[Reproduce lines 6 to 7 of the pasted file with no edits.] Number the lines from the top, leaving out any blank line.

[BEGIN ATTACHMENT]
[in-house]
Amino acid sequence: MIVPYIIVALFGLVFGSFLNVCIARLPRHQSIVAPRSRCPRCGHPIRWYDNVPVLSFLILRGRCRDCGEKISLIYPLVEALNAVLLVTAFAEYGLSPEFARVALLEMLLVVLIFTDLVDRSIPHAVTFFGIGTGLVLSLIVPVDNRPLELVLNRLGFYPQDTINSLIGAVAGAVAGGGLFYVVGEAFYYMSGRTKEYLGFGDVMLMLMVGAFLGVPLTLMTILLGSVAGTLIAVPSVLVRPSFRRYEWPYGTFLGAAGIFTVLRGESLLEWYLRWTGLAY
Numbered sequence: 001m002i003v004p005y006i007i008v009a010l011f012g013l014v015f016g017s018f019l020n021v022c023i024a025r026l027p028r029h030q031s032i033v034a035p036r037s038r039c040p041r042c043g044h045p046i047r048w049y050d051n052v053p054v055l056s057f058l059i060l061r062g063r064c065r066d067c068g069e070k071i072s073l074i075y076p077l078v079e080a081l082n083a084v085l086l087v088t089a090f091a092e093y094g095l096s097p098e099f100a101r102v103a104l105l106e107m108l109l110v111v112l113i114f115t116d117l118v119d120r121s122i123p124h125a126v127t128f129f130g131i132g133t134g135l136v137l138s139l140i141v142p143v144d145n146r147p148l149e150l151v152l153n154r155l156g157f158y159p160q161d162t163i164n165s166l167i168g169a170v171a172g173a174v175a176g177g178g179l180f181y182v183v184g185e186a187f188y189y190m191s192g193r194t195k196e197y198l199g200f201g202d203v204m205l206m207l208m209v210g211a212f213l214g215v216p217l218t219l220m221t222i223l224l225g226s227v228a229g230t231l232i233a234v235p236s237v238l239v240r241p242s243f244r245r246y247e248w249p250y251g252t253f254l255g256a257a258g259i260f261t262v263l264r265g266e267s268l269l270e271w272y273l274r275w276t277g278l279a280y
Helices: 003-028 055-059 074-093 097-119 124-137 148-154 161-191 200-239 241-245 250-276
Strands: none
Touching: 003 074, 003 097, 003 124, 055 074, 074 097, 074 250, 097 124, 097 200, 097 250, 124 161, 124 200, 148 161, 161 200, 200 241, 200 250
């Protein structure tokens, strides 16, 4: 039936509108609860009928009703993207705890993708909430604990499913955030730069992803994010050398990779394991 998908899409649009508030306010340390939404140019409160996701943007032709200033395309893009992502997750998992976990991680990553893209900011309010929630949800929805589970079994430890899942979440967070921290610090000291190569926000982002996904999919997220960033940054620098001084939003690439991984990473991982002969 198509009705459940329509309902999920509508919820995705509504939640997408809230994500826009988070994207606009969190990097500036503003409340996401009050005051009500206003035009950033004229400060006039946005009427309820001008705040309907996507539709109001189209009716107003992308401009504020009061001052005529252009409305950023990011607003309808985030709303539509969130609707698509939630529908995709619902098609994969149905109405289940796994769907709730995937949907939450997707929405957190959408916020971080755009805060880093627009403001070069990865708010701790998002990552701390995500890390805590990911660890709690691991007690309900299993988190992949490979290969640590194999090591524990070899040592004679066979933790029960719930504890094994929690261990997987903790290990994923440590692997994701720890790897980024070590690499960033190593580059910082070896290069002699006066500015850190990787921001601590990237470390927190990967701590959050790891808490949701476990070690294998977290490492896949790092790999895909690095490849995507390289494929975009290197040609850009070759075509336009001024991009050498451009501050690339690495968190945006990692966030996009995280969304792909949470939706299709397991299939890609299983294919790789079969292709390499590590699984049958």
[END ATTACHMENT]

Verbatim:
Touching: 003 074, 003 097, 003 124, 055 074, 074 097, 074 250, 097 124, 097 200, 097 250, 124 161, 124 200, 148 161, 161 200, 200 241, 200 250
């Protein structure tokens, strides 16, 4: 039936509108609860009928009703993207705890993708909430604990499913955030730069992803994010050398990779394991 998908899409649009508030306010340390939404140019409160996701943007032709200033395309893009992502997750998992976990991680990553893209900011309010929630949800929805589970079994430890899942979440967070921290610090000291190569926000982002996904999919997220960033940054620098001084939003690439991984990473991982002969 198509009705459940329509309902999920509508919820995705509504939640997408809230994500826009988070994207606009969190990097500036503003409340996401009050005051009500206003035009950033004229400060006039946005009427309820001008705040309907996507539709109001189209009716107003992308401009504020009061001052005529252009409305950023990011607003309808985030709303539509969130609707698509939630529908995709619902098609994969149905109405289940796994769907709730995937949907939450997707929405957190959408916020971080755009805060880093627009403001070069990865708010701790998002990552701390995500890390805590990911660890709690691991007690309900299993988190992949490979290969640590194999090591524990070899040592004679066979933790029960719930504890094994929690261990997987903790290990994923440590692997994701720890790897980024070590690499960033190593580059910082070896290069002699006066500015850190990787921001601590990237470390927190990967701590959050790891808490949701476990070690294998977290490492896949790092790999895909690095490849995507390289494929975009290197040609850009070759075509336009001024991009050498451009501050690339690495968190945006990692966030996009995280969304792909949470939706299709397991299939890609299983294919790789079969292709390499590590699984049958």